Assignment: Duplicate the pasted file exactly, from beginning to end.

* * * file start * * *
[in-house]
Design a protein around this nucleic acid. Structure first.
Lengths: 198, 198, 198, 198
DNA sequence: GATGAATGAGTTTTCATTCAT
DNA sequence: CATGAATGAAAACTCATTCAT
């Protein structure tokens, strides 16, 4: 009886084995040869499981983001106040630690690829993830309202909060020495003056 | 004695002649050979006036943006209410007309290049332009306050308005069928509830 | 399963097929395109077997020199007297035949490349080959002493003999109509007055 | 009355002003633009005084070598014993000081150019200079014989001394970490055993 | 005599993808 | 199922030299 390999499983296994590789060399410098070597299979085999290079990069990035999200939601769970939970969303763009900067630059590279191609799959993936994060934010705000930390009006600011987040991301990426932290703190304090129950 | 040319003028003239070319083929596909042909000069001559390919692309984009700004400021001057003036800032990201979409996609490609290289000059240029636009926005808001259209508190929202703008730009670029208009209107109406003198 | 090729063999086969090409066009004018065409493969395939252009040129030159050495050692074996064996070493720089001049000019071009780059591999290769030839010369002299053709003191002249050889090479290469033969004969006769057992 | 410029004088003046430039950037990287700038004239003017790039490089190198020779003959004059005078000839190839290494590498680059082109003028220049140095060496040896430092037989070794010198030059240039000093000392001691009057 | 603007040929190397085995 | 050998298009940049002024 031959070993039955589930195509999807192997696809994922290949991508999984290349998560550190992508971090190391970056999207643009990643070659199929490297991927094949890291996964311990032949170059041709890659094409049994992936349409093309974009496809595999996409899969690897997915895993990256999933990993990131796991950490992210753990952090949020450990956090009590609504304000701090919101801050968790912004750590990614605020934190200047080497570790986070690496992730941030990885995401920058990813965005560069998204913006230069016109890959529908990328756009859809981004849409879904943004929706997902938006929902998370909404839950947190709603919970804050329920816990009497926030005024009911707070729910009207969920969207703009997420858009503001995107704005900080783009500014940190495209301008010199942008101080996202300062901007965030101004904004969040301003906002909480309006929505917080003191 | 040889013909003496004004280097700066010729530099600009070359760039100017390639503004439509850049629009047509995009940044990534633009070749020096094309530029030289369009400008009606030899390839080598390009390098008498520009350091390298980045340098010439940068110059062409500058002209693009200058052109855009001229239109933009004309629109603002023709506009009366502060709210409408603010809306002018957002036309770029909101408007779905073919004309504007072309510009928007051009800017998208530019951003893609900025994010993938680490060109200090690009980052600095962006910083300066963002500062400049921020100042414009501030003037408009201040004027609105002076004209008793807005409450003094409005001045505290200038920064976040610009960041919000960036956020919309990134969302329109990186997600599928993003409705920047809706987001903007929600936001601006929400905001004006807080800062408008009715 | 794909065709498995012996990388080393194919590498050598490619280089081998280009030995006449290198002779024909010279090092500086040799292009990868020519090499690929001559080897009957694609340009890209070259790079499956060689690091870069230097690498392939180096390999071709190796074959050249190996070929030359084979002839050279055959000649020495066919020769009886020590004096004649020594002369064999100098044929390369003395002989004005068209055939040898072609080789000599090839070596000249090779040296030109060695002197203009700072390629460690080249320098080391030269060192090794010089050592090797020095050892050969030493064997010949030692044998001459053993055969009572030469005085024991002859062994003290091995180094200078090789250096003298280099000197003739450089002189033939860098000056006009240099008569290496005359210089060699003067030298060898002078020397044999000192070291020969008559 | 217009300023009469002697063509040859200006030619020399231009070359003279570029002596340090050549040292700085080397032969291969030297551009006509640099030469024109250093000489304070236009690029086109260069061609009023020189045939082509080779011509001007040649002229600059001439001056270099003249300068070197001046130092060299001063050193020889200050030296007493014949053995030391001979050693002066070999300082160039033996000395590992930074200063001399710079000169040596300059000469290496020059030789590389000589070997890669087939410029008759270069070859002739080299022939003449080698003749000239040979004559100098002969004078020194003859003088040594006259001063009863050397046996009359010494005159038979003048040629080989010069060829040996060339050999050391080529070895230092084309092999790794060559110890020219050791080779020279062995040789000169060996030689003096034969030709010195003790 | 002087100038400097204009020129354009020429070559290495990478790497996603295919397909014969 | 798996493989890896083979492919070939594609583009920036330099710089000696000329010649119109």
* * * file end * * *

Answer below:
[in-house]
Design a protein around this nucleic acid. Structure first.
Lengths: 198, 198, 198, 198
DNA sequence: GATGAATGAGTTTTCATTCAT
DNA sequence: CATGAATGAAAACTCATTCAT
């Protein structure tokens, strides 16, 4: 009886084995040869499981983001106040630690690829993830309202909060020495003056 | 004695002649050979006036943006209410007309290049332009306050308005069928509830 | 399963097929395109077997020199007297035949490349080959002493003999109509007055 | 009355002003633009005084070598014993000081150019200079014989001394970490055993 | 005599993808 | 199922030299 390999499983296994590789060399410098070597299979085999290079990069990035999200939601769970939970969303763009900067630059590279191609799959993936994060934010705000930390009006600011987040991301990426932290703190304090129950 | 040319003028003239070319083929596909042909000069001559390919692309984009700004400021001057003036800032990201979409996609490609290289000059240029636009926005808001259209508190929202703008730009670029208009209107109406003198 | 090729063999086969090409066009004018065409493969395939252009040129030159050495050692074996064996070493720089001049000019071009780059591999290769030839010369002299053709003191002249050889090479290469033969004969006769057992 | 410029004088003046430039950037990287700038004239003017790039490089190198020779003959004059005078000839190839290494590498680059082109003028220049140095060496040896430092037989070794010198030059240039000093000392001691009057 | 603007040929190397085995 | 050998298009940049002024 031959070993039955589930195509999807192997696809994922290949991508999984290349998560550190992508971090190391970056999207643009990643070659199929490297991927094949890291996964311990032949170059041709890659094409049994992936349409093309974009496809595999996409899969690897997915895993990256999933990993990131796991950490992210753990952090949020450990956090009590609504304000701090919101801050968790912004750590990614605020934190200047080497570790986070690496992730941030990885995401920058990813965005560069998204913006230069016109890959529908990328756009859809981004849409879904943004929706997902938006929902998370909404839950947190709603919970804050329920816990009497926030005024009911707070729910009207969920969207703009997420858009503001995107704005900080783009500014940190495209301008010199942008101080996202300062901007965030101004904004969040301003906002909480309006929505917080003191 | 040889013909003496004004280097700066010729530099600009070359760039100017390639503004439509850049629009047509995009940044990534633009070749020096094309530029030289369009400008009606030899390839080598390009390098008498520009350091390298980045340098010439940068110059062409500058002209693009200058052109855009001229239109933009004309629109603002023709506009009366502060709210409408603010809306002018957002036309770029909101408007779905073919004309504007072309510009928007051009800017998208530019951003893609900025994010993938680490060109200090690009980052600095962006910083300066963002500062400049921020100042414009501030003037408009201040004027609105002076004209008793807005409450003094409005001045505290200038920064976040610009960041919000960036956020919309990134969302329109990186997600599928993003409705920047809706987001903007929600936001601006929400905001004006807080800062408008009715 | 794909065709498995012996990388080393194919590498050598490619280089081998280009030995006449290198002779024909010279090092500086040799292009990868020519090499690929001559080897009957694609340009890209070259790079499956060689690091870069230097690498392939180096390999071709190796074959050249190996070929030359084979002839050279055959000649020495066919020769009886020590004096004649020594002369064999100098044929390369003395002989004005068209055939040898072609080789000599090839070596000249090779040296030109060695002197203009700072390629460690080249320098080391030269060192090794010089050592090797020095050892050969030493064997010949030692044998001459053993055969009572030469005085024991002859062994003290091995180094200078090789250096003298280099000197003739450089002189033939860098000056006009240099008569290496005359210089060699003067030298060898002078020397044999000192070291020969008559 | 217009300023009469002697063509040859200006030619020399231009070359003279570029002596340090050549040292700085080397032969291969030297551009006509640099030469024109250093000489304070236009690029086109260069061609009023020189045939082509080779011509001007040649002229600059001439001056270099003249300068070197001046130092060299001063050193020889200050030296007493014949053995030391001979050693002066070999300082160039033996000395590992930074200063001399710079000169040596300059000469290496020059030789590389000589070997890669087939410029008759270069070859002739080299022939003449080698003749000239040979004559100098002969004078020194003859003088040594006259001063009863050397046996009359010494005159038979003048040629080989010069060829040996060339050999050391080529070895230092084309092999790794060559110890020219050791080779020279062995040789000169060996030689003096034969030709010195003790 | 002087100038400097204009020129354009020429070559290495990478790497996603295919397909014969 | 798996493989890896083979492919070939594609583009920036330099710089000696000329010649119109």